The advent of citizen IT developers is upon us, but the question remains as to whether IT professionals should celebrate or be wary of the trend.
The proliferation of low-code platforms, coupled with a sharp increase in enterprise demand for apps (which can deliver more sophisticated results than the spreadsheets of yore), has given rise to a new kind of employee: citizen IT developers.
For the uninitiated, a citizen IT developer, or citizen developer as Techopedia defines it, is “an end user who creates new applications or programs from a corporate or collective code base, system or structure”. Generally, these employees don’t have specific programming credentials and are working outside the IT department, leading to their efforts often being dubbed ‘shadow IT’ when they are carried out without an IT department’s knowledge or blessing.
Low-code development platforms such as Appian, Microsoft PowerApps and Google App Maker have made it easier than ever for those from a non-computer-science background to quickly whip up programs to respond to the particular needs of their organisations.
It doesn’t look like citizen IT developers are going anywhere any time soon, but the software development community is somewhat divided on whether they are a friend or a foe. So, how should you feel, and what should be done about this trend, if anything at all?
Responding to a need
As Dion Hinchcliffe wrote in 2016, until recently, most businesses have had to outsource their IT needs because it seldom was the case that someone in an enterprise possessed the level of technical skill required to develop solutions.
“The business side has long had to place their fate in the hands of those with the requisite skills, but often with little sympathy for or firsthand knowledge of the business itself,” he explained. “Or they just ended up acquiring pre-existing software that was a close enough fit, and then had it configured to their needs.”
It amounted to a square-peg-circular-hole-type situation whereby tech solutions never quite served business needs at an optimum level.
Citizen IT developers, however, have the advantage of being installed within an organisation and therefore, having observed the ebb and flow of the business, possess a deep intuitive knowledge of what it requires. It’s difficult for someone outside of a business to replicate that level of understanding.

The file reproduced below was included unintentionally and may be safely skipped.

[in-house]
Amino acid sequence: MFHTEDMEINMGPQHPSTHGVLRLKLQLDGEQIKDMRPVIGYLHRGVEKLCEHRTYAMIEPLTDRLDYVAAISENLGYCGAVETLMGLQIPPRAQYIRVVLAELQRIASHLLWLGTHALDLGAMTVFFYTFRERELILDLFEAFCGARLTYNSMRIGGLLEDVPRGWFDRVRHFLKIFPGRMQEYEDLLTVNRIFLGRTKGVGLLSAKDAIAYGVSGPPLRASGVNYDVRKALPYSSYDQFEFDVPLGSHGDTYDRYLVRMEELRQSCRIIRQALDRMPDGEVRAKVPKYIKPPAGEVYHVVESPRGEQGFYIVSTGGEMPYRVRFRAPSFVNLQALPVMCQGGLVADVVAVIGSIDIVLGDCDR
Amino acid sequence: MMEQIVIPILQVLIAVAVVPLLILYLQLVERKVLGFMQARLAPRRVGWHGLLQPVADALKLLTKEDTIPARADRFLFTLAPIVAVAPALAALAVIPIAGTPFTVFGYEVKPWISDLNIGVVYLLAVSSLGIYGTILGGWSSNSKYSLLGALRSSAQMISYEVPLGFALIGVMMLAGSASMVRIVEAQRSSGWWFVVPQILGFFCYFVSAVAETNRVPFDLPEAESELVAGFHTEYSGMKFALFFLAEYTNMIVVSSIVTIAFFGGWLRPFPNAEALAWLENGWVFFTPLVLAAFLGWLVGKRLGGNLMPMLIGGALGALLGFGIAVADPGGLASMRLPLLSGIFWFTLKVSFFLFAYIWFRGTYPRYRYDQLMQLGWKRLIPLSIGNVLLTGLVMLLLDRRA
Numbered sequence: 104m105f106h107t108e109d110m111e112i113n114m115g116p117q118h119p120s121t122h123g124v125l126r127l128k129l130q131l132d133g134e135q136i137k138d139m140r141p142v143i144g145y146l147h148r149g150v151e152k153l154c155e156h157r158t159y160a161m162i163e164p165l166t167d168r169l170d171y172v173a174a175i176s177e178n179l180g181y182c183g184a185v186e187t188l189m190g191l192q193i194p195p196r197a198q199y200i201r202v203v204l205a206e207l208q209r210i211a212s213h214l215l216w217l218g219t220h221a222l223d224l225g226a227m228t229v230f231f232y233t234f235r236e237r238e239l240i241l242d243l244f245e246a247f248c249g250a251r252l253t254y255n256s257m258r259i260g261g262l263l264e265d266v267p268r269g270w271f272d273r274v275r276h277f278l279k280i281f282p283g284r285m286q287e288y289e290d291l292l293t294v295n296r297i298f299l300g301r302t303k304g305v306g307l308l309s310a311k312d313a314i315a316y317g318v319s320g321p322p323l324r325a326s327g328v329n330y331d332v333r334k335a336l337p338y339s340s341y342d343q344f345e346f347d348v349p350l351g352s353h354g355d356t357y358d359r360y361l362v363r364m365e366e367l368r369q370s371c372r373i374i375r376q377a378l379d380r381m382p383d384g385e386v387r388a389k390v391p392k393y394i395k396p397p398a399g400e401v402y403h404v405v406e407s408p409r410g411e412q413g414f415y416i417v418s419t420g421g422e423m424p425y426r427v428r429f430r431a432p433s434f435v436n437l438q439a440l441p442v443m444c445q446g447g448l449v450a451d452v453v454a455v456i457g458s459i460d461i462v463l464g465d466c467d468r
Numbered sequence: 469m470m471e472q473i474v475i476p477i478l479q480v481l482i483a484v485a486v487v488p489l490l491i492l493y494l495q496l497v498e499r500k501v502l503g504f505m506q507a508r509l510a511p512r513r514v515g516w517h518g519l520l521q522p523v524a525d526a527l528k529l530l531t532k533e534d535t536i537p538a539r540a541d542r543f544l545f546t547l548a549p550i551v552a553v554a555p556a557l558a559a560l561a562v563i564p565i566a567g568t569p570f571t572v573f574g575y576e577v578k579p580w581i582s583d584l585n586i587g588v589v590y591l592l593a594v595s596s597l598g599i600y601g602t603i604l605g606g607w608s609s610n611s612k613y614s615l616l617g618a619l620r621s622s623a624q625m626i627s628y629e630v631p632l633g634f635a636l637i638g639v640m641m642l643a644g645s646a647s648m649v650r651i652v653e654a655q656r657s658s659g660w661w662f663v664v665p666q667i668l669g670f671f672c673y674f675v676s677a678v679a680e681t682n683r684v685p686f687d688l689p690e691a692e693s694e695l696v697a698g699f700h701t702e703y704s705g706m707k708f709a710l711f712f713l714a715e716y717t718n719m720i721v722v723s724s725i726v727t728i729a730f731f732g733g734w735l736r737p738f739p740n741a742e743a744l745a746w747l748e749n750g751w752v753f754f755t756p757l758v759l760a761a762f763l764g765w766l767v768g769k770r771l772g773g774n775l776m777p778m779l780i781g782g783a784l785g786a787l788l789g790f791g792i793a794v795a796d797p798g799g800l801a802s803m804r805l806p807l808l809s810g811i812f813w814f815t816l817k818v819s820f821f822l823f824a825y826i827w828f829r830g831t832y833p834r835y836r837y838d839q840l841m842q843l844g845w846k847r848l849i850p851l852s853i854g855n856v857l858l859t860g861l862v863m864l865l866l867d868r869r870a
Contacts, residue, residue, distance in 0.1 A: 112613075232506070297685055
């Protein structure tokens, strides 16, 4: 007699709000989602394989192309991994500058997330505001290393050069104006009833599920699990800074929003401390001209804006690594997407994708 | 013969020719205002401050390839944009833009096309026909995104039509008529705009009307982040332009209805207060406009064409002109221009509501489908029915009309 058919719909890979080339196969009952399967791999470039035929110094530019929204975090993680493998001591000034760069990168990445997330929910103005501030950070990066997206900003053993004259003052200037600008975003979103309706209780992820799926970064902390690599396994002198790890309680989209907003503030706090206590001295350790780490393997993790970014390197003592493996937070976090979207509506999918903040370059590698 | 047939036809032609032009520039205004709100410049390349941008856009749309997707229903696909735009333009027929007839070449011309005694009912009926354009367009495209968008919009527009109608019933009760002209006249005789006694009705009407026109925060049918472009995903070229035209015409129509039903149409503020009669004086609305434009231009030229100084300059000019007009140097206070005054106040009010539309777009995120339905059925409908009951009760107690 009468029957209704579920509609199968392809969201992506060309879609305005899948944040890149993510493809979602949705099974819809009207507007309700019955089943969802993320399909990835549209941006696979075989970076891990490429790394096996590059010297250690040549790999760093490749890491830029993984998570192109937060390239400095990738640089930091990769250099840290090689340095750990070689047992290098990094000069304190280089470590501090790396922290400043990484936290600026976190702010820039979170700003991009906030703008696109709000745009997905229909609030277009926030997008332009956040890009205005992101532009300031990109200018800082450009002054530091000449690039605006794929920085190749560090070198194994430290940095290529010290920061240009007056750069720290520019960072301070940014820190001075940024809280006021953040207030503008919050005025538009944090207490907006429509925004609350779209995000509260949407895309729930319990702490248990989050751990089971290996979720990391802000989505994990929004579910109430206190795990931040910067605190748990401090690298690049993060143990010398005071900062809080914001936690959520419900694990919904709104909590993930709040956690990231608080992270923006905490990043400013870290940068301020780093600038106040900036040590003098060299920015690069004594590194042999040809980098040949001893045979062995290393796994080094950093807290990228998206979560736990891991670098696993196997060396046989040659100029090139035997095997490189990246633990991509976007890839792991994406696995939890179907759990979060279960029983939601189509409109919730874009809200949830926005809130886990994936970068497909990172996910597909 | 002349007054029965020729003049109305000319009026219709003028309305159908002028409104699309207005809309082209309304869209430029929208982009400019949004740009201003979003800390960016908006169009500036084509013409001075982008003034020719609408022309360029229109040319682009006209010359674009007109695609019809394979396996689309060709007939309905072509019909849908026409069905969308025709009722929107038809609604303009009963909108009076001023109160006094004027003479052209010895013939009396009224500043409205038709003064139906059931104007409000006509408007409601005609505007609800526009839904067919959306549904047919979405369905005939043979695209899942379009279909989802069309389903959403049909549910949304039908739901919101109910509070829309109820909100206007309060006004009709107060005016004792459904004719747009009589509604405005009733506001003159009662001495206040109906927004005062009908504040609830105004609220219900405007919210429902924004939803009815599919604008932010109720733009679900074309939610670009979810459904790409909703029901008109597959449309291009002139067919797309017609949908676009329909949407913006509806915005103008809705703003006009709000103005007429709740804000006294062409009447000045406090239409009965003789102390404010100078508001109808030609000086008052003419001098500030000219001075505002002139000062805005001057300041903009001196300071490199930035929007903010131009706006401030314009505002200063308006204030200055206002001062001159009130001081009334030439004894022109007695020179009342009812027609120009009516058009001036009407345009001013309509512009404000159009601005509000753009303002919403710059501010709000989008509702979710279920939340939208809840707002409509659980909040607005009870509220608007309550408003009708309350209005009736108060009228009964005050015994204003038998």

Clearing the backlog
Furthermore, citizen IT developers are arguably clearing the backlog for IT departments that are more taxed than ever. According to a 2017 market analysis from Global Market Insights, the enterprise application market is expected to grow at a rate of almost 8pc annually and to be worth more than $287bn by 2024.
One could argue that if the tools exist to easily deploy productivity-boosting solutions, it would be crazy for businesses not to get on board.
If it takes the heat off the IT departments and allows them to focus their efforts on more sophisticated issues, that can only be a good thing, right?
Yet many infosec teams are growing irritated with the trend. Charged with protecting the integrity of company data, IT departments are understandably chagrined at having to deal with unregulated apps coming under the table.
Should we be surprised that IT professionals aren’t pleased that they are essentially being asked to support apps they haven’t had the time to vet, given that potential data breaches will fall on their heads?
This is a particularly topical consideration given that the GDPR deadline is drawing closer and closer with each passing day.
The potential for serious financial penalties means that breaches could pose a genuine risk to businesses, though many have been quick to stress that maximum fines will likely be rare.
Additionally, the recent Cambridge Analytica quagmire has brought the ethical considerations of data use to light. There is a moral, as well as a fiscal, imperative on IT professionals to ensure that sensitive data is handled properly.
How should an IT professional feel?
Citizen IT developers could compromise an IT department’s ability to do this by removing oversight.
Yes, the low-code platforms provide tools to create apps expediently and efficiently, but how secure can they really be when these developers are putting them together without an in-depth understanding of how everything functions, both independently and in relation to one another?
As Jason Bloomberg pointed out in Forbes, the 2017 Kintone survey revealed that for businesses, giving citizen IT developers access to low-code platforms is of greater importance than providing skills training. Therefore, it’s unlikely that the people depending on low code to address business needs will ever gain an understanding of what they’re doing.
So, do citizen IT developers actually help the backlog? Is any attempt to stamp out low-coding tendencies possibly nipping innovation in the bud and impeding an organisation’s progress? Or do citizen IT developers, if anything, create more work for IT departments by necessitating that people retroactively patch apps?
As previously said, it doesn’t look like people are going to stop trying their hand at low code. It would be remiss to prescribe one position on the issue over the other but, whichever side of the argument you favour, IT professionals cannot reasonably expect to just ignore citizen IT developers and their role in a company.